Health Advice and Tips for Travellers
Traveling to Algeria can be an enjoyable and exciting experience, and you are likely to have a wonderful time exploring this fascinating country. We have provided you with some health advice you may want to take into consideration so as to ensure that illness and health problems don't put a damper on your vacation. We suggest that you visit your local health care professional for a check up before departing for Algeria.
Ensure that all your regular immunizations are up to date. It is recommended that all travelers to Algeria receive a Hepatitis A vaccine. This shot should be given two to four weeks before leaving home. Six to twelve months later it is necessary to have a booster. Another recommended vaccination is for Typhoid. This is typically given in oral form to be taken over a specified period of time. Yellow fever vaccinations are required for individuals traveling from a yellow-fever country; otherwise this is not necessary. If you are possibly going to come into contact with animals and are staying far away from medical care, it is suggested that you receive a rabies vaccination. This is done through a series of three shots. If your tetanus-diphtheria vaccination is out of date, it is best to go for another one.
TICK AND INSECT PROTECTION
If you are planning on traversing the rural areas of Algeria, it is best to wear long sleeve tops and long pants. Insect repellents can be used effectively on the body and clothes. At the end of the day examine yourself for ticks and carefully remove them with tweezers.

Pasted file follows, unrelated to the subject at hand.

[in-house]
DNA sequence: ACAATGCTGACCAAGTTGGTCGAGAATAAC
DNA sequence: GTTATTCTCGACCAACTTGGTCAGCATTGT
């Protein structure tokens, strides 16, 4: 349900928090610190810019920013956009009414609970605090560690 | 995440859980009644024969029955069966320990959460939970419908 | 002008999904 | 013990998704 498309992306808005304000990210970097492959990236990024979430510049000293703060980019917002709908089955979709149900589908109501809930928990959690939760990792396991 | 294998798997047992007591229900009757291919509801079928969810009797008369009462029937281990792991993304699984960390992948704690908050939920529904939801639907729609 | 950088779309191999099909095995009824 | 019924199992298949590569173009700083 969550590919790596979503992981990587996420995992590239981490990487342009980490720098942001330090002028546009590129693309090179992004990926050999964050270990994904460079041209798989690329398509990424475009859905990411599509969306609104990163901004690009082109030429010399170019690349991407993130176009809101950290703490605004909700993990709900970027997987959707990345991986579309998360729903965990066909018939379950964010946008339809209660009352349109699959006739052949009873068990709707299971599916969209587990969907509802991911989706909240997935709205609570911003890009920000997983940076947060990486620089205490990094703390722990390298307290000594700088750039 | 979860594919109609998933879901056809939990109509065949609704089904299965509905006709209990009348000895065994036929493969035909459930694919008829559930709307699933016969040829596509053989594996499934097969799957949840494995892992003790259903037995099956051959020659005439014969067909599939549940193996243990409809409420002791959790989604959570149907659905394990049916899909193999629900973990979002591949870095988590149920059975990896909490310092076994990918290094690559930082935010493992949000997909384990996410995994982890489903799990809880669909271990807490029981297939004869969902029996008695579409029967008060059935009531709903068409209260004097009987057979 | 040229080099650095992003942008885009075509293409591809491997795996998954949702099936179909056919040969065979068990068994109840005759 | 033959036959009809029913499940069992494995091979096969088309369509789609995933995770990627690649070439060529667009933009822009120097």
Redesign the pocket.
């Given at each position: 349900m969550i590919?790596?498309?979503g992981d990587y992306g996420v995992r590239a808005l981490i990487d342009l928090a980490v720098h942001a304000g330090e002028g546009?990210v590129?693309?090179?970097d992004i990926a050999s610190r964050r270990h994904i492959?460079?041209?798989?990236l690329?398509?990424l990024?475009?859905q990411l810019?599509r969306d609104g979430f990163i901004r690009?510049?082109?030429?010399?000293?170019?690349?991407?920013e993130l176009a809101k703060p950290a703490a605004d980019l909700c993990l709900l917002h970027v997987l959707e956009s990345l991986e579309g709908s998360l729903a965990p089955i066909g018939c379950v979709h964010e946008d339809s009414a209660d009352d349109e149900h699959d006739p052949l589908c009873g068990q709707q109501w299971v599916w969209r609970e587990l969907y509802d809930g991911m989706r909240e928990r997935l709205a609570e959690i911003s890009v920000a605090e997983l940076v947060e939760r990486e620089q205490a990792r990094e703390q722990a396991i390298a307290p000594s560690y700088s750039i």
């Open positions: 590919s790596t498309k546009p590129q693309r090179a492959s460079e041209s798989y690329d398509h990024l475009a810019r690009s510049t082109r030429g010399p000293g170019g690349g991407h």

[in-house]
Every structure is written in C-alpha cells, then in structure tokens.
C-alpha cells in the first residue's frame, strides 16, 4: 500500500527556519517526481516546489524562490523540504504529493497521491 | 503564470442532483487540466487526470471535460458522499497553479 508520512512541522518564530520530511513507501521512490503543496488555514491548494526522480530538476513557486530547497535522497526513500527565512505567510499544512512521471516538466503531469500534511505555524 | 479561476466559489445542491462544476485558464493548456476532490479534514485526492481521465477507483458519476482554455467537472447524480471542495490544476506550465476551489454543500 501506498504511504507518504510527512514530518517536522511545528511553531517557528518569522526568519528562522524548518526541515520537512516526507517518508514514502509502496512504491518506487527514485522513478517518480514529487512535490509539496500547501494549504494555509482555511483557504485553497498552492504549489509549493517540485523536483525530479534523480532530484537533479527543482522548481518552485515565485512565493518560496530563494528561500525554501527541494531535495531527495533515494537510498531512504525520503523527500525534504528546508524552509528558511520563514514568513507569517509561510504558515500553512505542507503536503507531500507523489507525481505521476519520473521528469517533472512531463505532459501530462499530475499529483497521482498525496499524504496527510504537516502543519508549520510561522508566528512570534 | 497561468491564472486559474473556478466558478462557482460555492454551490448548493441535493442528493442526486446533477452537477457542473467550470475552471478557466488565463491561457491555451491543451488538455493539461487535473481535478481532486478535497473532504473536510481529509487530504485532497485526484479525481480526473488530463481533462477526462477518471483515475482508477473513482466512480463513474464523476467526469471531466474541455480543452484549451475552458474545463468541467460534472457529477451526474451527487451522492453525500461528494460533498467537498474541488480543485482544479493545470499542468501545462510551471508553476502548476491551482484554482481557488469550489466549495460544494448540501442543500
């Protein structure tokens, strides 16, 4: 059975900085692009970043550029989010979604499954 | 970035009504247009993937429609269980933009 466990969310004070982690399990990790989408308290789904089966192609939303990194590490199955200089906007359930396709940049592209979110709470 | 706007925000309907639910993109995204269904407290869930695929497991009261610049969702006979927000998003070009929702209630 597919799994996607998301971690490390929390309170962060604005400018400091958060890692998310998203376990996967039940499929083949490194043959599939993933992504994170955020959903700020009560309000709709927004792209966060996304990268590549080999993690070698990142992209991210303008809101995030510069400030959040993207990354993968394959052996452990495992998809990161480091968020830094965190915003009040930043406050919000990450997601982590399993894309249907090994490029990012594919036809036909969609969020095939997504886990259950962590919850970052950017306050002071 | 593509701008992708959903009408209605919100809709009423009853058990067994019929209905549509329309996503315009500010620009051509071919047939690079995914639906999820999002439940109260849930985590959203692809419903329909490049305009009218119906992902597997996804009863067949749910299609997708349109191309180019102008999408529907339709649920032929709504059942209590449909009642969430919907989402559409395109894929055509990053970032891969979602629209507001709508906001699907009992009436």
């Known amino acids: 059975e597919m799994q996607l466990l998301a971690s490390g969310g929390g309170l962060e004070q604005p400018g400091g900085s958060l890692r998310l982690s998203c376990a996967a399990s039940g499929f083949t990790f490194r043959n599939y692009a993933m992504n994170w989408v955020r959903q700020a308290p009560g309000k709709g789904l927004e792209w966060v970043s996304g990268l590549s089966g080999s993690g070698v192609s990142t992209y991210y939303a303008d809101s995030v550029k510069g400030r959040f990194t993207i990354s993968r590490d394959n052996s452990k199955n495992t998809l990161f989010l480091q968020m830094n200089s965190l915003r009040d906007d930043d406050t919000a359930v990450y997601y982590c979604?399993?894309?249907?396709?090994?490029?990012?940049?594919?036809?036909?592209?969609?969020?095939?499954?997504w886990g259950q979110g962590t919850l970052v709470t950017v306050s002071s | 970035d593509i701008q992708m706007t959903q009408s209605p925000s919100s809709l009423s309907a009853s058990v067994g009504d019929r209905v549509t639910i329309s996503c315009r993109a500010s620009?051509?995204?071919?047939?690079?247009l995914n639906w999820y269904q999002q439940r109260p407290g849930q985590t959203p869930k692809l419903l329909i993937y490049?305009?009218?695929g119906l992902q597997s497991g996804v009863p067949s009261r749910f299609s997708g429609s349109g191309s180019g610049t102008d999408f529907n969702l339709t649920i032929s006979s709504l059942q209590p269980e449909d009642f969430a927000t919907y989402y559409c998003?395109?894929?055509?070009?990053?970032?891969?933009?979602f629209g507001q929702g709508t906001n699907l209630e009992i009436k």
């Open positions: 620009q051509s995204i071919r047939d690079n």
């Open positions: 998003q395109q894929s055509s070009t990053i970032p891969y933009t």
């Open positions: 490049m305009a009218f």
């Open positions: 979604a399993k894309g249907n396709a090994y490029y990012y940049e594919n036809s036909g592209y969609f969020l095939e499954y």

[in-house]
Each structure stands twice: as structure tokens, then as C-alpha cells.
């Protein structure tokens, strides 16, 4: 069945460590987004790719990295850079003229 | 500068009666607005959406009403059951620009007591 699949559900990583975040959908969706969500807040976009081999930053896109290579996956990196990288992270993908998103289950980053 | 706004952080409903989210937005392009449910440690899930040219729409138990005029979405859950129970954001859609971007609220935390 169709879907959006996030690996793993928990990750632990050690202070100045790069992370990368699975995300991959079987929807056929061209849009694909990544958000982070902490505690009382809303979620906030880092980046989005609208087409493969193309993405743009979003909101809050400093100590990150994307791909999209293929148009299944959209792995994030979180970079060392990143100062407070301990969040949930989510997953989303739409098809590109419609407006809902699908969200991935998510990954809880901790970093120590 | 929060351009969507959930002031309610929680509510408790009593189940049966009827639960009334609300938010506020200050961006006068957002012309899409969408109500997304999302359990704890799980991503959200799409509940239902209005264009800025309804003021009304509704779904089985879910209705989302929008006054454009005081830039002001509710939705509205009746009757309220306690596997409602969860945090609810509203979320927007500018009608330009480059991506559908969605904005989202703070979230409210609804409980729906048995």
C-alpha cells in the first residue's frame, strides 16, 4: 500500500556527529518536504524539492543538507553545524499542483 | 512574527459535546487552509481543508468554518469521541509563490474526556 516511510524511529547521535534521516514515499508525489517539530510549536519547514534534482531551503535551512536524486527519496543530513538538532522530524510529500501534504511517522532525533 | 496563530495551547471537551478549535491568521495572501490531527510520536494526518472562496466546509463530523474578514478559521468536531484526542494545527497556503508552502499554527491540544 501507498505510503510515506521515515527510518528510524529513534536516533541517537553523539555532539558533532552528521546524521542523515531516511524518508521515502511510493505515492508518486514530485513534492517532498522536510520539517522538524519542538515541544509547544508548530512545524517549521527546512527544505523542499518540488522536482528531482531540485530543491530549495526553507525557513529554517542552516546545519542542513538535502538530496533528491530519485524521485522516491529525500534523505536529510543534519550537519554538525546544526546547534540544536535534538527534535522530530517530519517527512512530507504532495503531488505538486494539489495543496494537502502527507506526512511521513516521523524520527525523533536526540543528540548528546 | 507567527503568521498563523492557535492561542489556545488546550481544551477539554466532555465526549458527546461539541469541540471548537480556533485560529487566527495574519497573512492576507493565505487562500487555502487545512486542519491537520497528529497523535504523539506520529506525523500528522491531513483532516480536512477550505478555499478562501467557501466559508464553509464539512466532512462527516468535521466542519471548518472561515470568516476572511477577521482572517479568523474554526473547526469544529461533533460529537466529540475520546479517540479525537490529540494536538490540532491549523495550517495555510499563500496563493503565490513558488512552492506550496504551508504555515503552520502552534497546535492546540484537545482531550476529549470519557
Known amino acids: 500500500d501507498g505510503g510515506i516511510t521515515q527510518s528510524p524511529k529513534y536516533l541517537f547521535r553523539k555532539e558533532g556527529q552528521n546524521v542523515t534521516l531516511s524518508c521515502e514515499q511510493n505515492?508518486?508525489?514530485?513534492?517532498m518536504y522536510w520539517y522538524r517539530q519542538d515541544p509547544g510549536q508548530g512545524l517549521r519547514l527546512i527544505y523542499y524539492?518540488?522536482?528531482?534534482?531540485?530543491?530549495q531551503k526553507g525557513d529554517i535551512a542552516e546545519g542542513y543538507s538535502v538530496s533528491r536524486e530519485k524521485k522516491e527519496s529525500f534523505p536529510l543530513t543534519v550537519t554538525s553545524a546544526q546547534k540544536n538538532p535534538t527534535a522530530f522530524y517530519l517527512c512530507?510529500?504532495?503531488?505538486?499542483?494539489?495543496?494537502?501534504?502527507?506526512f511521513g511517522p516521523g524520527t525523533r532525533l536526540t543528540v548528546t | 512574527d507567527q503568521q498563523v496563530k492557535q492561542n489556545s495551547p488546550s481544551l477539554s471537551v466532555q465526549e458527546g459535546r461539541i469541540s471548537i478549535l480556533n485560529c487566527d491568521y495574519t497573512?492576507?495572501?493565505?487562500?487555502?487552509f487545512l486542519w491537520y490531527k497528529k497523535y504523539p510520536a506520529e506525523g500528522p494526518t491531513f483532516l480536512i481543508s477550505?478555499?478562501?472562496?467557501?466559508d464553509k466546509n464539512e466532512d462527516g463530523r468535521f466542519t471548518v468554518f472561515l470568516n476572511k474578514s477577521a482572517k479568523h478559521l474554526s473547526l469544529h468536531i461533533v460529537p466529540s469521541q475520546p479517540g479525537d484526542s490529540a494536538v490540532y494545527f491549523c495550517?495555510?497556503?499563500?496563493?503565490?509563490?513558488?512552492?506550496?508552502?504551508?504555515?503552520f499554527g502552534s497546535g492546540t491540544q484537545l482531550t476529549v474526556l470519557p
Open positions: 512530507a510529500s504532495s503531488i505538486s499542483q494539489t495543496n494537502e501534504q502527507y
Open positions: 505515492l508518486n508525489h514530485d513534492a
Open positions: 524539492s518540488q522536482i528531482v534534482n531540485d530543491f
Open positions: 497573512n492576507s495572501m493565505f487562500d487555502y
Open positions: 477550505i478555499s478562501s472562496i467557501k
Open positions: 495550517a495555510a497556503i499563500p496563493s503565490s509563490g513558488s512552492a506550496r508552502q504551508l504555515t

WATER AND FOOD PRECAUTIONS
Tap water must be filtered, boiled or disinfected with chemicals. Ensure all beverages are bottled and not served with ice. Fruit and vegetables must be cooked or peeled. Only eat food that is served hot. Do not purchase food from street vendors. Meat and fish must be well-cooked. Avoid potentially toxic fish such as barracuda, red snapper, sea bass, grouper and amberjack. If you do get diarrhea promptly begin taking anti-diarrheal drugs. Antibiotics can also be taken. If the condition is very bad, or lasts longer than 72 hours, it is best to seek medical attention.
SWIMMING AND BATHING
Do not enter bodies of fresh water, whether rivers, lakes or ponds as you risk schistosomiasis (also known as bilharzia). Fresh water must be heated before being used for showering or bathing.
MEDICAL FACILITIES IN ALGERIA
Whilst medical facilities in Algeria have seen improvements, they are still not up to developed-country standards. Certain medicines and resources may not be available in all the hospitals and clinics. Payment is usually expected in cash. Most health care professionals in the urban areas will speak French. It is advisable to bring your own chronic medications and medical kit with you.